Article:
The Slatest

Report Shows U.S. Government Is Also Pretty Interested in Snooping on Your Snail Mail

The mail must go through, but through who?

Photo by Justin Sullivan/Getty Images

Remember snail mail? A brief reminder: It’s like an email only it’s handwritten and takes days to reach its destination. In a post-Snowden world, most people are aware that the government—any government—is pretty interested in emails. They’re not that into you, just your metadata, so the theory goes. In national security-speak, governments like to call the words that we use to make up the sentences we write that are then sent to people we know via electronic mail—data. We used to call data, you know, postcards, and thank you notes, but times have changed. Or have they?

A buried internal audit by the United States Postal Service popped up in the New York Times on Tuesday, showing the USPS approved a whopping 50,000 requests to secretly monitor Americans’ mail last year alone. The justification for the surveillance effort was familiar one—the data was needed to aid criminal and national security investigations. Even more unsurprising is the audit showed “the surveillance program is more extensive than previously disclosed and that oversight protecting Americans from potential abuses is lax,” the Times reports. “The audit, which was reported on earlier by Politico, found that in many cases the Postal Service approved requests to monitor an individual’s mail without adequately describing the reason or having proper written authorization.”

Here’s more from the Times:

The surveillance program, officially called mail covers, is more than a century old, but is still considered a powerful investigative tool. At the request of state or federal law enforcement agencies or the Postal Inspection Service, postal workers record names, return addresses and any other information from the outside of letters and packages before they are delivered to a person’s home. Law enforcement officials say this deceptively old-fashioned method of collecting data provides a wealth of information about the businesses and associates of their targets, and can lead to bank and property records and even accomplices. (Opening the mail requires a warrant.)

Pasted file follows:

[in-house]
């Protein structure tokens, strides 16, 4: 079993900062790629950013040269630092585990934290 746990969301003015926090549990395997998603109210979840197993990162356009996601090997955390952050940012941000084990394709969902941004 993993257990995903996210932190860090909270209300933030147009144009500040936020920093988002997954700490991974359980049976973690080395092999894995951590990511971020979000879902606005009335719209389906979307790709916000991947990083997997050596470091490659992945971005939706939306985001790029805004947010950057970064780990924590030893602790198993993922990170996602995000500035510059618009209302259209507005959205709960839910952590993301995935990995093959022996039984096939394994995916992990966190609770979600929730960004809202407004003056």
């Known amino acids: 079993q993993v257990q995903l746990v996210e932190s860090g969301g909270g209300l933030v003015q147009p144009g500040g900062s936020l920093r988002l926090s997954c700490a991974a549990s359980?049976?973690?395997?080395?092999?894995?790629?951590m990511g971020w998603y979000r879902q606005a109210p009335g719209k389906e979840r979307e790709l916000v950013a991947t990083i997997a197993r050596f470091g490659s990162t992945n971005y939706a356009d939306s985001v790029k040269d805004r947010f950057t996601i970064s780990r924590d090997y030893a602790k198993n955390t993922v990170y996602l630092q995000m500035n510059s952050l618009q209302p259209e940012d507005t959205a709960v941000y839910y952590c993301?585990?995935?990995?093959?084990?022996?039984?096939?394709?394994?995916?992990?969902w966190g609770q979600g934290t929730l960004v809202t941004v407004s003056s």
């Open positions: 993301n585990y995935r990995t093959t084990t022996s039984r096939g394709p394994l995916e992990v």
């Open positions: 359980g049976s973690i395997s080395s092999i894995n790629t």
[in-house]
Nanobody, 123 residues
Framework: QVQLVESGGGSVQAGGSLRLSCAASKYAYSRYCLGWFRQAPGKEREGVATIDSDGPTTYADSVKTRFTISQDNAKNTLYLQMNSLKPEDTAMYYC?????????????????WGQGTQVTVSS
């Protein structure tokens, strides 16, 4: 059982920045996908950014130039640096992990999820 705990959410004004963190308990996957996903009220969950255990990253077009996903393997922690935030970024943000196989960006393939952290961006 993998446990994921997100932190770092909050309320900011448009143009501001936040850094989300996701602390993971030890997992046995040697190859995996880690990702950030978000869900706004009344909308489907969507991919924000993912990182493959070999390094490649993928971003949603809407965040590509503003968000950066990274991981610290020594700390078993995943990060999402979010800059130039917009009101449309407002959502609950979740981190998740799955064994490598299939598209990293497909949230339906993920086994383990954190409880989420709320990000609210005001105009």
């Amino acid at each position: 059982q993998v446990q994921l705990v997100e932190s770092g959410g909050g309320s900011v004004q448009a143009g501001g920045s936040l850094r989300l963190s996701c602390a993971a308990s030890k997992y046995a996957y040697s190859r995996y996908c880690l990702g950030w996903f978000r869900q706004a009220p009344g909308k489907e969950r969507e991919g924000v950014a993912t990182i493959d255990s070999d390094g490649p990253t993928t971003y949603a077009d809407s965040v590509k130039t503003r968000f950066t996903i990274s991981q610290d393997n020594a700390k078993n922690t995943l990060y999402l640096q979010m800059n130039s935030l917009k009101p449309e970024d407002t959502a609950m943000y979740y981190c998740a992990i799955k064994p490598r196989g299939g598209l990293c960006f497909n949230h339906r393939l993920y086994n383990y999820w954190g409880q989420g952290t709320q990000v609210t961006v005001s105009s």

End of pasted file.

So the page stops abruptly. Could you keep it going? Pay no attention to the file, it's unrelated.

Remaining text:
The Postal Service also uses a program called Mail Imaging, in which its computers photograph the exterior of every piece of paper mail sent in the United States. The program’s primary purpose is to process the mail, but in some cases it is also used as a surveillance system that allows law enforcement agencies to request stored images of mail sent to and received by people they are investigating.